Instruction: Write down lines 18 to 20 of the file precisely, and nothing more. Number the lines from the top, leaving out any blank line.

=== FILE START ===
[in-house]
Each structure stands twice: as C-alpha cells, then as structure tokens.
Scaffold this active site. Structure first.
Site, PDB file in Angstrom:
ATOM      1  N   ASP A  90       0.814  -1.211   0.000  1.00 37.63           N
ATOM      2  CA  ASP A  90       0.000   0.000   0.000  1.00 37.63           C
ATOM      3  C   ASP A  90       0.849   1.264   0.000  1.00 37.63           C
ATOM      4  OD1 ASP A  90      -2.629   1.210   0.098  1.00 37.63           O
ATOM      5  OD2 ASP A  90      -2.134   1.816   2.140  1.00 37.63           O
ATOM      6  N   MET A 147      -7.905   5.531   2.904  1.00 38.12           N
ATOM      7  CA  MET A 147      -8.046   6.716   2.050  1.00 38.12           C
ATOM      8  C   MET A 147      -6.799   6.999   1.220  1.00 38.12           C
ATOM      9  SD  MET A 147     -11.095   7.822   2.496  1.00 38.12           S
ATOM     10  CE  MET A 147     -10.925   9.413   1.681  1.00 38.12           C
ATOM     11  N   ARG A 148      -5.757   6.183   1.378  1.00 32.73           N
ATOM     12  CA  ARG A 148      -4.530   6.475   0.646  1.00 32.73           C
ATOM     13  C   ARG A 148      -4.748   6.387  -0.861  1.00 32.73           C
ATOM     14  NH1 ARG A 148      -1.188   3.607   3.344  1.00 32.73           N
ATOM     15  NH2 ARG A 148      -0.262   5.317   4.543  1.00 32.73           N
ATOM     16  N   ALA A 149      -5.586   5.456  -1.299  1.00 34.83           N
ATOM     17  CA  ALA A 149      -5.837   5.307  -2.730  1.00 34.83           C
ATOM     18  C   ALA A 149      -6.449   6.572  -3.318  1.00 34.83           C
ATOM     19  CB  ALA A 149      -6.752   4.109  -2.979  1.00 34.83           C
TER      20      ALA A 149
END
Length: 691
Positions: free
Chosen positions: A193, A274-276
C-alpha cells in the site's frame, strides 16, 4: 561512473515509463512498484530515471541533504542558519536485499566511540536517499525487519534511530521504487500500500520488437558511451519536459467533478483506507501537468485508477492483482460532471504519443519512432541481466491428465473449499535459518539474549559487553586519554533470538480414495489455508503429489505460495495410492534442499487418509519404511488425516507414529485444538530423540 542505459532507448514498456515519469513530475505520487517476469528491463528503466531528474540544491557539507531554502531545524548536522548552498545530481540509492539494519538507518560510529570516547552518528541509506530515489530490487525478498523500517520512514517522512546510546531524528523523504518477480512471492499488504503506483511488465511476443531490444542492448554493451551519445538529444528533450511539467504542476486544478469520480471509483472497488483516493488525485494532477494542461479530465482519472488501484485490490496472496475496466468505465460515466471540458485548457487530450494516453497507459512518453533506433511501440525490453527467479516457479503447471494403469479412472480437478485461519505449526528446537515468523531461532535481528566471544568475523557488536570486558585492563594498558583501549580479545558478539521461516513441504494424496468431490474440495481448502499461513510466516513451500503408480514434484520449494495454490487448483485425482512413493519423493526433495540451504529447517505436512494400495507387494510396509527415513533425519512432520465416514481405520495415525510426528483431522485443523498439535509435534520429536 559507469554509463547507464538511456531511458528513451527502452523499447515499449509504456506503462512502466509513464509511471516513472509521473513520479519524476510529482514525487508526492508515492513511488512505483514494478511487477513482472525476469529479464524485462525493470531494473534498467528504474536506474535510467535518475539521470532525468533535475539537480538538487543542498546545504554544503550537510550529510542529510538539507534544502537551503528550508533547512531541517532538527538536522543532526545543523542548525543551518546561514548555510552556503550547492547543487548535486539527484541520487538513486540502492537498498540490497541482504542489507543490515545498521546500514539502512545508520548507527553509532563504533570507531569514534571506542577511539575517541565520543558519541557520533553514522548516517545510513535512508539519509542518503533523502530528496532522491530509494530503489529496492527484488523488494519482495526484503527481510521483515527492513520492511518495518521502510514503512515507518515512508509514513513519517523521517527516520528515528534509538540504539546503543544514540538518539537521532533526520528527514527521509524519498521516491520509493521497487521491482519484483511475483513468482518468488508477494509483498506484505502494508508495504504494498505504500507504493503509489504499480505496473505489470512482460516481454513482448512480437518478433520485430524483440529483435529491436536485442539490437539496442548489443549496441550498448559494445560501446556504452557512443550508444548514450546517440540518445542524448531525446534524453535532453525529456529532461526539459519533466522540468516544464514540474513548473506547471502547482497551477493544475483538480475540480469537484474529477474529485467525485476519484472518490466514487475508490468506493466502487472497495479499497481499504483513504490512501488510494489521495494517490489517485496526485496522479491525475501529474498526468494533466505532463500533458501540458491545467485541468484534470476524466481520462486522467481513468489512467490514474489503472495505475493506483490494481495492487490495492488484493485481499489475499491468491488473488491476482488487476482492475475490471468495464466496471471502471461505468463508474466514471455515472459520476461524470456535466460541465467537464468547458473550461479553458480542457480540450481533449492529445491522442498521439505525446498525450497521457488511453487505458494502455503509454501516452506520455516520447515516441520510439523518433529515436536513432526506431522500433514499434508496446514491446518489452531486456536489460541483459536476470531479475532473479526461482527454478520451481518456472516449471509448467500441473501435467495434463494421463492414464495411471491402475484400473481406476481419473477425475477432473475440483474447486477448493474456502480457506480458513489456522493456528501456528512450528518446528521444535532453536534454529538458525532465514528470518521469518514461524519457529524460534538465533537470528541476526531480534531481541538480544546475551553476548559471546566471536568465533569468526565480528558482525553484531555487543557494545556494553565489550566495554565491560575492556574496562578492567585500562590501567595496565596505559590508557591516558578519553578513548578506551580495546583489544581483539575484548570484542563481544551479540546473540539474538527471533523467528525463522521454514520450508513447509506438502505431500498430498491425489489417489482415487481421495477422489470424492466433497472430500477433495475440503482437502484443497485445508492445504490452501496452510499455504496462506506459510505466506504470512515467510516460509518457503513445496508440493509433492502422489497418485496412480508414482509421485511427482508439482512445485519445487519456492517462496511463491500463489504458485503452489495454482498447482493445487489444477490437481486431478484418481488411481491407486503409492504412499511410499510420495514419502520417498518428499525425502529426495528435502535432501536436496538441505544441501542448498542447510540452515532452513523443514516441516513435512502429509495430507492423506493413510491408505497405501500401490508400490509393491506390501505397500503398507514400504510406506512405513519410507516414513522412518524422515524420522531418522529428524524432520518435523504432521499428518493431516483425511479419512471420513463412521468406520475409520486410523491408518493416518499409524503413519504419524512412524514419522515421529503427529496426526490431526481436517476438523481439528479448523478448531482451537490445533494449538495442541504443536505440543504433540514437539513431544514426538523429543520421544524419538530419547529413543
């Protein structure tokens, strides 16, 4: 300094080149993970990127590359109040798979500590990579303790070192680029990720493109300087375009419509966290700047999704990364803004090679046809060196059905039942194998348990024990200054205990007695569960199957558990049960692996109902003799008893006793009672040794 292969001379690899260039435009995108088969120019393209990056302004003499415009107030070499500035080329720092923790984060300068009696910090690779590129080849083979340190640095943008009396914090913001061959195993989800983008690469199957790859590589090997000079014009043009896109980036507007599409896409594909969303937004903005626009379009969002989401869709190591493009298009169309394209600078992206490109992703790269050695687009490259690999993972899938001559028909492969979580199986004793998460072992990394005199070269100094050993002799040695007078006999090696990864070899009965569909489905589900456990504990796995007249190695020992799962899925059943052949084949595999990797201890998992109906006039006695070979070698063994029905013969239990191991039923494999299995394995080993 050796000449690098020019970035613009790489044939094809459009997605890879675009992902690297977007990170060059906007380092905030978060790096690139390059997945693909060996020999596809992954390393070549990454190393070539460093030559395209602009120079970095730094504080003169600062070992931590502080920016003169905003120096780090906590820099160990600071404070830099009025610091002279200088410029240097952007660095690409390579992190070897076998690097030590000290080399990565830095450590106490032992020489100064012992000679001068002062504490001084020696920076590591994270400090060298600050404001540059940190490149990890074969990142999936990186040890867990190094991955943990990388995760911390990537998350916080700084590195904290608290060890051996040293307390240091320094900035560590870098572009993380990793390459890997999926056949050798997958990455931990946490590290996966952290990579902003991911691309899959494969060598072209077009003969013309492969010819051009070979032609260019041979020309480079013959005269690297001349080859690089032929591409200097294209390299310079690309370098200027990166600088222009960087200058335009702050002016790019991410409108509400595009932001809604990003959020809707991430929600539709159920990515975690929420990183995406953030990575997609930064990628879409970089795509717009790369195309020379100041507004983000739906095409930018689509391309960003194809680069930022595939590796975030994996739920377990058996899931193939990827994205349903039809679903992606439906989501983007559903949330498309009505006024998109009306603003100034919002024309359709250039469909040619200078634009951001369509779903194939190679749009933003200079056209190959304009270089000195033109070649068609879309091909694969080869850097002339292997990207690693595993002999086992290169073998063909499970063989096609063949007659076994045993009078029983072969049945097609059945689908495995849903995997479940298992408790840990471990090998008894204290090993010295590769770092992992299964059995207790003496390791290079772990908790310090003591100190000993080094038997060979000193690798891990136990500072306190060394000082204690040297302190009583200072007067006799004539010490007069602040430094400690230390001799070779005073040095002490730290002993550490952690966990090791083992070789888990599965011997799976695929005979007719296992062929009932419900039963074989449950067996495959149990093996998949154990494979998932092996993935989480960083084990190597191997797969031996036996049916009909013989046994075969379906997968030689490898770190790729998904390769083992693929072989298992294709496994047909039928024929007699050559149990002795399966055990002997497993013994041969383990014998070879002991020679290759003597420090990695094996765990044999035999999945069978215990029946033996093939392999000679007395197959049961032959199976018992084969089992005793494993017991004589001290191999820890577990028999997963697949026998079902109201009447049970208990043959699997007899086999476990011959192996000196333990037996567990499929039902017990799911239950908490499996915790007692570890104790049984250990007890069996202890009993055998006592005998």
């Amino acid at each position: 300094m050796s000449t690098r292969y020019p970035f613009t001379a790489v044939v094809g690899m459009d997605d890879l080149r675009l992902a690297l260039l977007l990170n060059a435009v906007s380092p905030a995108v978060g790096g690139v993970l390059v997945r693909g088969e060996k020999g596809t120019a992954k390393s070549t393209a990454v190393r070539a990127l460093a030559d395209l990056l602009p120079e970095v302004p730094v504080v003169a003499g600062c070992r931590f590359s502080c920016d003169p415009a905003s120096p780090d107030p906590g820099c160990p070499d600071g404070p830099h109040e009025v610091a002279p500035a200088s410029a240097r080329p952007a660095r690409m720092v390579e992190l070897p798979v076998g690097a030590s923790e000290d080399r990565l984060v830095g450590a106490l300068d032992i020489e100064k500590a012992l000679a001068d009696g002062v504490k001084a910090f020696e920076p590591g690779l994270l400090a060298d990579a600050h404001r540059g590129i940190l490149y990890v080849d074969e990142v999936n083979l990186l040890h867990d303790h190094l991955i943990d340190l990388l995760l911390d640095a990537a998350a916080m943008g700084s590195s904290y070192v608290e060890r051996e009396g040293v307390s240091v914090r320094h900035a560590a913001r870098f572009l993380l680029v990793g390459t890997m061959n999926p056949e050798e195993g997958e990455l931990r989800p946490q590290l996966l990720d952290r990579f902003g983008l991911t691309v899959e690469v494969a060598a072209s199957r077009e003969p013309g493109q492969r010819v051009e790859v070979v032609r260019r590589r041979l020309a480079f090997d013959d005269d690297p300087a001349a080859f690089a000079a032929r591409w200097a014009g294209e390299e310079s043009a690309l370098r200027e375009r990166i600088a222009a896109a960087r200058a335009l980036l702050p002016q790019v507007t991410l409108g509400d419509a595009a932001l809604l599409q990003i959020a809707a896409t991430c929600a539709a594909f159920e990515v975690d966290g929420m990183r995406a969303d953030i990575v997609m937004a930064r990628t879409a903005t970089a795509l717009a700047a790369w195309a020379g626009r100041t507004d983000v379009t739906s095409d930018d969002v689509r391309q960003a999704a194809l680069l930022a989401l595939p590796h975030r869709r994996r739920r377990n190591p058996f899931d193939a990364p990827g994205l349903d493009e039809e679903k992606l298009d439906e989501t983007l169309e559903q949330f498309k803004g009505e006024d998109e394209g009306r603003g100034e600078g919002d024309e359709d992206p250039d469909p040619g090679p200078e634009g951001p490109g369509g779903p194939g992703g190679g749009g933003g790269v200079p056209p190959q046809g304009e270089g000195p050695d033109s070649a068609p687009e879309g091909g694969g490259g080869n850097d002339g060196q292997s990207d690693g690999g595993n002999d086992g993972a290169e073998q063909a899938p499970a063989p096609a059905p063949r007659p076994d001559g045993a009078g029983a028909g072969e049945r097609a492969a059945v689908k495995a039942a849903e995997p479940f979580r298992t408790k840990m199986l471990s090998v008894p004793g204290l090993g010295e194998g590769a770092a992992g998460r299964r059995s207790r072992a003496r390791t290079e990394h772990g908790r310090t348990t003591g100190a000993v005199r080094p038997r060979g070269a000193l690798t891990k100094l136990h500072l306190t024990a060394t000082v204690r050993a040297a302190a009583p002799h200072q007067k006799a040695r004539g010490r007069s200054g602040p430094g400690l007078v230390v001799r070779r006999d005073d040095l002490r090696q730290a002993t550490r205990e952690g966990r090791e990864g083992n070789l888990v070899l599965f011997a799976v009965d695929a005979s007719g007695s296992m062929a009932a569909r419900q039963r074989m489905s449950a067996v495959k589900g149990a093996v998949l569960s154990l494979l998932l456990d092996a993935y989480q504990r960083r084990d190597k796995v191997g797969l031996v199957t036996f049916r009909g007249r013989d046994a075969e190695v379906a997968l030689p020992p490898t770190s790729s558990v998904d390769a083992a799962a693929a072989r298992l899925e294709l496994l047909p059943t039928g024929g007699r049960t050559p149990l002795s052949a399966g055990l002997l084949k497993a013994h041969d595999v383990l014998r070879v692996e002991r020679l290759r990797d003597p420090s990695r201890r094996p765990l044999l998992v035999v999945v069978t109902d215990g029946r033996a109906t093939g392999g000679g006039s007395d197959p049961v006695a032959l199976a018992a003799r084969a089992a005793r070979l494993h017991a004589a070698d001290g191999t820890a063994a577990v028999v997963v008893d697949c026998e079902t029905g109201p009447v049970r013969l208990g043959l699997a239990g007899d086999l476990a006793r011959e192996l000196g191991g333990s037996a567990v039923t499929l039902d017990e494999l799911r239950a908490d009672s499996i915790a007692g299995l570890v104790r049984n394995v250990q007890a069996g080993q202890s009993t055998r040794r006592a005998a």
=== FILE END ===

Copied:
ATOM     14  NH1 ARG A 148      -1.188   3.607   3.344  1.00 32.73           N
ATOM     15  NH2 ARG A 148      -0.262   5.317   4.543  1.00 32.73           N
ATOM     16  N   ALA A 149      -5.586   5.456  -1.299  1.00 34.83           N